by Isabella Cullen
Walking around the Islamic Middle East department, gleaming lacquerware immediately draws the eye. Particularly elaborate is one painted surgical kit, dating from c.1820-40, which probably originates from Isfahan, Iran. The artefact is illuminated by its reddish-brown varnished cover, created with the papier-mache technique typical of Islamic lacquerware. Unlike the European method of applying lacquer to wood, Islamic artists typically pasted together sheets of paper to form a thick smooth surface, which was then painted in watercolour before the layer of varnish was applied.
Lacquerware was hugely popular in Iran towards the end of the Safavid Dynasty (1501-1722) and into the period of Qajar rule (1785-1925). The rule of Fath ‘Ali Shah saw a fondness in the royal court for this lacquering technique, used in artwork from the period which drew from the iconography of the last imperial dynasty in Persia – the Sassanid dynasty (224 – 651). Fath ‘Ali commissioned lacquerware pieces to establish his reign, hanging multiple lacquered portraits of himself in his royal estates and sending them as diplomatic offerings to kings overseas. The rule of his successor Muhammad Shah saw an even more concerted shift towards small lacquer paintings of the monarch to commemorate his royal authority.
This surgeon’s kit contains two drawers full of tools of extraordinary shapes, mostly made of steel, though some are of bone or mother-of-pearl and others inlaid with gold. Painted on the cover, framed by a delicate floral border, are the Holy Family along with accompanying figures. Though art of the Safavid period most commonly depicted nature and intricate patterns, this Islamic illustration of human figures and Christian iconography is not particularly unusual. The 1800s saw the conspicuous influence on Islamic artists of Christian European art entering Iran, with images of St Peter and the Holy Family, for instance, found among surviving artworks. This shift was often marked by portraits with attention to perspective and shading, rather than geometric shapes, as well as by biblical subject matter. The cross-cultural interaction was even represented in the dress and artistic representation of Muhammad Shah: the ruler introduced weapons from Europe into the Iranian arsenal and came to be depicted in European-style dress, with a military frock coat and blue sash coupled with his royal jewels and the Asian fleece ‘astrakhan’ cap.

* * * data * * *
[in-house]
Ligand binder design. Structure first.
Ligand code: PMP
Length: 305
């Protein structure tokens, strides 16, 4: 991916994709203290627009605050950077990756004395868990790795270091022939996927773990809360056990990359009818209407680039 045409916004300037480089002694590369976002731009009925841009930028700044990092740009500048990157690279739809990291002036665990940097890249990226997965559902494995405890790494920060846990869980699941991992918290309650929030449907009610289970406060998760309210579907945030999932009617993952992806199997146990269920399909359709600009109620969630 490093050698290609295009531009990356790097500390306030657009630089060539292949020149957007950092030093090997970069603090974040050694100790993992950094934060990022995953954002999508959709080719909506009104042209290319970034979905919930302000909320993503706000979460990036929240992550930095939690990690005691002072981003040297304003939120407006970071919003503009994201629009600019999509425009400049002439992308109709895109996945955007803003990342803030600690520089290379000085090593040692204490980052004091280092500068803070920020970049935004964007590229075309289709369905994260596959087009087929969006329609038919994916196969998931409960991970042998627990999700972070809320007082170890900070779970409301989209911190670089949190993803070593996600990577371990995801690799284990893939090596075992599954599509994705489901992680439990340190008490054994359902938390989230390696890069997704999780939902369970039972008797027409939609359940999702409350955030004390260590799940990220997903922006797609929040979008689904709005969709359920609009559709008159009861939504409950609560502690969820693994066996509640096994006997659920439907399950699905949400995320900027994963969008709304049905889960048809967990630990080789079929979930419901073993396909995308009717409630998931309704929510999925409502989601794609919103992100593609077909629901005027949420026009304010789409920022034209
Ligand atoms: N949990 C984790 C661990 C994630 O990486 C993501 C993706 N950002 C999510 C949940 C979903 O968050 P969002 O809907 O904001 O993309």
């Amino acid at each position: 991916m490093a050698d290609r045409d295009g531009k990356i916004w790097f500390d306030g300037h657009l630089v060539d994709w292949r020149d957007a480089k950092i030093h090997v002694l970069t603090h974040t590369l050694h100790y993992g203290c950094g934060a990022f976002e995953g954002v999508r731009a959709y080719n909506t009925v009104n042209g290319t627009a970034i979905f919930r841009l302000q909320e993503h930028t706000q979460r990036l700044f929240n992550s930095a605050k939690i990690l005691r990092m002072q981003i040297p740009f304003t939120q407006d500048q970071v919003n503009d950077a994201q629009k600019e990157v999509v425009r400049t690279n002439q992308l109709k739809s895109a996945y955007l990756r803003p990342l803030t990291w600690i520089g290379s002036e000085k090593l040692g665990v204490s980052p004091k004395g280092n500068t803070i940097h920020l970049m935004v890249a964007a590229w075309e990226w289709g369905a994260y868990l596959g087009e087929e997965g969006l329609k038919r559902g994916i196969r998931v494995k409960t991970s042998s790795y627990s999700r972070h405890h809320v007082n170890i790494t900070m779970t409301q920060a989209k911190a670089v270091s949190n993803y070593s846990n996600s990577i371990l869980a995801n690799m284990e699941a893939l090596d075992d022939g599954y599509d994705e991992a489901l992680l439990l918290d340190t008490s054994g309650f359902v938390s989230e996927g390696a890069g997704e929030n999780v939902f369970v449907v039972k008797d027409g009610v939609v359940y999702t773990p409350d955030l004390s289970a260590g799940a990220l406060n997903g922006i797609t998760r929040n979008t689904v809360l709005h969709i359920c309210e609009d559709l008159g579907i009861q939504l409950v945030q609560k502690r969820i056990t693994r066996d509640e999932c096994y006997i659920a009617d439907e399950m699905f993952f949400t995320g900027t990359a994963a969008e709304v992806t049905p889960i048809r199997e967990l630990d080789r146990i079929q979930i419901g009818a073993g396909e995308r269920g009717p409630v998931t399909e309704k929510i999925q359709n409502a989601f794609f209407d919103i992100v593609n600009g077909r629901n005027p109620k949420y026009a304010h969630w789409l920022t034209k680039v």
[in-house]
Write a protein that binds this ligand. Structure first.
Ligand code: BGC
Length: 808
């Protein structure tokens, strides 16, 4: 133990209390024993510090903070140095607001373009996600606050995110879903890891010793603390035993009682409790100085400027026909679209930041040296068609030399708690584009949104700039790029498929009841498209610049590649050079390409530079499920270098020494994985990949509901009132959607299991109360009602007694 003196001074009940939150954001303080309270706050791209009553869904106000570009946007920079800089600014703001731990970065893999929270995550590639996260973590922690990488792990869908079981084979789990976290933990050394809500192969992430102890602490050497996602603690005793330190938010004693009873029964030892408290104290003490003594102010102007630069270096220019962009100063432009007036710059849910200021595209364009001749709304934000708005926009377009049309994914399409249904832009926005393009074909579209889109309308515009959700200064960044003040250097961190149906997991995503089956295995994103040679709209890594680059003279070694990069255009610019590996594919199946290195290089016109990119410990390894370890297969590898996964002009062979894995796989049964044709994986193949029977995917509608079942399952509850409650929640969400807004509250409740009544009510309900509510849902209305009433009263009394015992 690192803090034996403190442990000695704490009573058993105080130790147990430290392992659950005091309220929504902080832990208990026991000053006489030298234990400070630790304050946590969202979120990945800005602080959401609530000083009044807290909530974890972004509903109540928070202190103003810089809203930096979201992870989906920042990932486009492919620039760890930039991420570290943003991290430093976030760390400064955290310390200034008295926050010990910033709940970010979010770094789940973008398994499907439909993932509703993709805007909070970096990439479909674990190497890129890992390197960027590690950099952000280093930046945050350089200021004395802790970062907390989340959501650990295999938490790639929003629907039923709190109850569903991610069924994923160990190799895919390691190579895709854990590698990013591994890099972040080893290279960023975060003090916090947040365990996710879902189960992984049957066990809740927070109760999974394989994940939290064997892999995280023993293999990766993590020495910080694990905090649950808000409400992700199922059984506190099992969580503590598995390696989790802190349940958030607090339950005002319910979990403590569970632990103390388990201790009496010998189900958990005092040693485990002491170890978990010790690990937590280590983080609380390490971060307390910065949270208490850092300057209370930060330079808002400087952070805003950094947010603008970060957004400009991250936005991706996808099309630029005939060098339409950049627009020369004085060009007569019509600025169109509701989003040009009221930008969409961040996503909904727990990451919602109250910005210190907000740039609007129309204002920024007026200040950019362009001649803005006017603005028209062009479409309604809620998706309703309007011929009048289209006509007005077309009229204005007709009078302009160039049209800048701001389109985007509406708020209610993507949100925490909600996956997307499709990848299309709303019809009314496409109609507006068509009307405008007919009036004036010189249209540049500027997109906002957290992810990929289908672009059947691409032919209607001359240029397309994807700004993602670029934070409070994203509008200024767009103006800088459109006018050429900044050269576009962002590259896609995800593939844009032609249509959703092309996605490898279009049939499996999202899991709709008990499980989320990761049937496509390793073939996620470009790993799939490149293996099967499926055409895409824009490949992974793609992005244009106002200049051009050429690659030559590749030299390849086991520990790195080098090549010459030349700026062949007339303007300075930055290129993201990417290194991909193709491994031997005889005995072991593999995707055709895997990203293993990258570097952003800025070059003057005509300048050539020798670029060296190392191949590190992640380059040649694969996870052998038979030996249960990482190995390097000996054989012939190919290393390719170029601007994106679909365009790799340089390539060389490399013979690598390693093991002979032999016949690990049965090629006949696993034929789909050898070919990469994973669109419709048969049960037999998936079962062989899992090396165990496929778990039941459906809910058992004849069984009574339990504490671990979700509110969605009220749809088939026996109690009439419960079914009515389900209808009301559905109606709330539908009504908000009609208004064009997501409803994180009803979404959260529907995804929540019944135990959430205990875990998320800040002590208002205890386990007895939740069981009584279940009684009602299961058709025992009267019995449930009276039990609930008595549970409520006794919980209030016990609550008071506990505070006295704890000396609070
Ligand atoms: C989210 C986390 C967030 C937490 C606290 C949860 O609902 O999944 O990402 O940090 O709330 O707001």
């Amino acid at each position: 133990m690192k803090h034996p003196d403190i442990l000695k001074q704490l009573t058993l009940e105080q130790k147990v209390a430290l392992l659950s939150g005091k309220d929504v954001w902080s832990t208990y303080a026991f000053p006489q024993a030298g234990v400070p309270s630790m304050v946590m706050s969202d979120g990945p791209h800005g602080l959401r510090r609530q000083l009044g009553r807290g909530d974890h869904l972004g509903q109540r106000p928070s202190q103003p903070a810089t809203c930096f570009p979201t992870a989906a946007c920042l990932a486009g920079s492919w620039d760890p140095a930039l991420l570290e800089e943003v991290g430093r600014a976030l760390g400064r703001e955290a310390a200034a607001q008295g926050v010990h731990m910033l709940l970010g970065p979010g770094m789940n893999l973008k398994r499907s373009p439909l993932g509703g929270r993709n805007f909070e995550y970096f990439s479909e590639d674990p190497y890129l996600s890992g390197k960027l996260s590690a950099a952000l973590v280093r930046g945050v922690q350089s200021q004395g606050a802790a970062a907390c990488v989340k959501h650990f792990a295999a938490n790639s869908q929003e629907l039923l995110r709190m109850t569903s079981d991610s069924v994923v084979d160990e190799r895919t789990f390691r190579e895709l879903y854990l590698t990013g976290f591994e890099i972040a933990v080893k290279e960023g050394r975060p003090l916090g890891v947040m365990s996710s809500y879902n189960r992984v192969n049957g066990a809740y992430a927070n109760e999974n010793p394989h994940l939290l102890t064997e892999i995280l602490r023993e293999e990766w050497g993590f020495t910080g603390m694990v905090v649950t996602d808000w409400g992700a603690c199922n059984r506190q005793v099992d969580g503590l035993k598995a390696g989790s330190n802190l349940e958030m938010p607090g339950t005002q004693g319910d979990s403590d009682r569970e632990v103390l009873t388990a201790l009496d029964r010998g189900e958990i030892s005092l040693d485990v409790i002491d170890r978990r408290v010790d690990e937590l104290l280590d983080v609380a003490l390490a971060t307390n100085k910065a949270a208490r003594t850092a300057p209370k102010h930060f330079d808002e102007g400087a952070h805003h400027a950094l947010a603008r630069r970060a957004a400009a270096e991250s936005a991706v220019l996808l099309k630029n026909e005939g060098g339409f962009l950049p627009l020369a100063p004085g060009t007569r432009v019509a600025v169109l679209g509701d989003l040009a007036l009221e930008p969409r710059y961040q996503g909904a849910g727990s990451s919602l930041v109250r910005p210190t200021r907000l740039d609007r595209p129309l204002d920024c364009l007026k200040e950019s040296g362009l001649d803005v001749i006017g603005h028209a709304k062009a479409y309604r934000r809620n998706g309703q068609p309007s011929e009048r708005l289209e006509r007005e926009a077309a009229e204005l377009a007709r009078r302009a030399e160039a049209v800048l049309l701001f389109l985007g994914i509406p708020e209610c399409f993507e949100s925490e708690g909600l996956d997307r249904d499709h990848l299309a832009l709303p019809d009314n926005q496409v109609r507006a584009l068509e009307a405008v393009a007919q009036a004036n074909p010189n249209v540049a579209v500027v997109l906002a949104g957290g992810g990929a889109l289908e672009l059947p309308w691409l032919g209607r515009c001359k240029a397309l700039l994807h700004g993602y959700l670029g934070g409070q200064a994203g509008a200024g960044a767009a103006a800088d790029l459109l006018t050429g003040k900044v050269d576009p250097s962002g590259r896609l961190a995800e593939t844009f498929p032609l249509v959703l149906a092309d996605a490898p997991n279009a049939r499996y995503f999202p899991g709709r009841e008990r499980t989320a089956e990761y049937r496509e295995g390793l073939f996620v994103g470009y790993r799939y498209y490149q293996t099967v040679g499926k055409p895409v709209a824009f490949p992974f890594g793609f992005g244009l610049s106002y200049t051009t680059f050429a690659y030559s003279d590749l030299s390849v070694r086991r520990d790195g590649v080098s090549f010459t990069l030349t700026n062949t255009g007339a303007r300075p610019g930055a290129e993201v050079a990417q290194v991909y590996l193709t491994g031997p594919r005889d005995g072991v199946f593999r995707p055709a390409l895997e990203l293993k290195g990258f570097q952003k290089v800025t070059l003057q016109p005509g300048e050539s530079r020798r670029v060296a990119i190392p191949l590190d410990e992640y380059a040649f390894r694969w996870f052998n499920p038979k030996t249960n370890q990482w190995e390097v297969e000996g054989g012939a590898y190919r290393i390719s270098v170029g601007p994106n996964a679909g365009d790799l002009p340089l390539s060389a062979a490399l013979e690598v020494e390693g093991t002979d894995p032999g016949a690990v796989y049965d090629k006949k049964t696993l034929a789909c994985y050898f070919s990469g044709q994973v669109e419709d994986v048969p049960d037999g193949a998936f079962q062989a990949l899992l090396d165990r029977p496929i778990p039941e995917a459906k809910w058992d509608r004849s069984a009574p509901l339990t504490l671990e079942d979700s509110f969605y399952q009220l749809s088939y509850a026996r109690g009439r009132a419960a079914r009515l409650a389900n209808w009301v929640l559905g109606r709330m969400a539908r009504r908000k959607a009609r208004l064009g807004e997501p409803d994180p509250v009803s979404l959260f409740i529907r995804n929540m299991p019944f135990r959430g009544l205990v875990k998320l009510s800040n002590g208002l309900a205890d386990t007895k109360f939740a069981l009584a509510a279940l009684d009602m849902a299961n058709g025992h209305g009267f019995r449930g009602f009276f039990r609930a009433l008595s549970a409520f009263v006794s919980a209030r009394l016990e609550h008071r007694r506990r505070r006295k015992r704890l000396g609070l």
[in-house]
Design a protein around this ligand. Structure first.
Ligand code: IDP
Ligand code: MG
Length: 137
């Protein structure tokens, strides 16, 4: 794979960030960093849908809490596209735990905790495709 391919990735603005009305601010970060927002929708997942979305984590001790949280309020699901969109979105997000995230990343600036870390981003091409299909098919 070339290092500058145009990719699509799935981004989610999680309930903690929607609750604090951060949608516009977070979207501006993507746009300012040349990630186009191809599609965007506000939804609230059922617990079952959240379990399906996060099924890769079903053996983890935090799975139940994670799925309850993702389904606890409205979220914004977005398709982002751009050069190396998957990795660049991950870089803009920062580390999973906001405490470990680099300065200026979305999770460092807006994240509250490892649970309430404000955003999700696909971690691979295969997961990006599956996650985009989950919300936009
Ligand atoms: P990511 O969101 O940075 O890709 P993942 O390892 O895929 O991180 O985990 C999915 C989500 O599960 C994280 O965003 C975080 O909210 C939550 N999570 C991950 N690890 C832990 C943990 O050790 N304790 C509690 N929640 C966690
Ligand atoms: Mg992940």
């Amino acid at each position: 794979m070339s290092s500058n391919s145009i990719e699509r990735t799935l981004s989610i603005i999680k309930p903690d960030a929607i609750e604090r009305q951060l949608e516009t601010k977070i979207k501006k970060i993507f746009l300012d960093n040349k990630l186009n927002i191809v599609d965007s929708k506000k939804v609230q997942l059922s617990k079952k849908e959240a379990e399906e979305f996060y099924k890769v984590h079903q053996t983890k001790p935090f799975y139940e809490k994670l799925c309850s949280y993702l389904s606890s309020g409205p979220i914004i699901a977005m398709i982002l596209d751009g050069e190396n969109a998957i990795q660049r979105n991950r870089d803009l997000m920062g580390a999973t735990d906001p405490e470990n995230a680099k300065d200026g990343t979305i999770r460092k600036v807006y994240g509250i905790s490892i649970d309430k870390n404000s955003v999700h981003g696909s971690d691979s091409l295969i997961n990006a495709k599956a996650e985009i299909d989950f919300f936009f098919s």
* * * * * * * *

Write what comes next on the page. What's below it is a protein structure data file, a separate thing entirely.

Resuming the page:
The illustration on the surgeon’s kit seems consistent with confirmed artworks by Najaf ‘Ali, such as this lacquer qalamdan (pen box) pictured, signed by the creator during the Qajar period at around 1855-56. Its central panel shows a Christian saint clothed in black, surrounded by depictions of the Khaju Bridge and the Ali Qapu Palace in Isfahan and patterned with floral motifs. The landscapes pictured possibly allude to the tale of the shaikh San’an and the maiden, a story from Attar’s Conference of the Birds. According to legend, San’an journeyed to Greece where he fell in love with a Christian maiden. Having converted to Christianity at her instigation, he burned the Quran and tended to the pigs, in rejection of his former faith. Eventually he returned to Islamic practice after the desperate prayers of his followers and having felt the true love of god. This formed the subject for many Iranian art pieces at the time, yet here is combined with the image of a Christian figure in a combination of European and Islamic influences which can be observed also in the beautiful surgeon’s kit.
For more information on the Surgeon’s Kit see http://jameelcentre.ashmolean.org/object/EA1955.1.2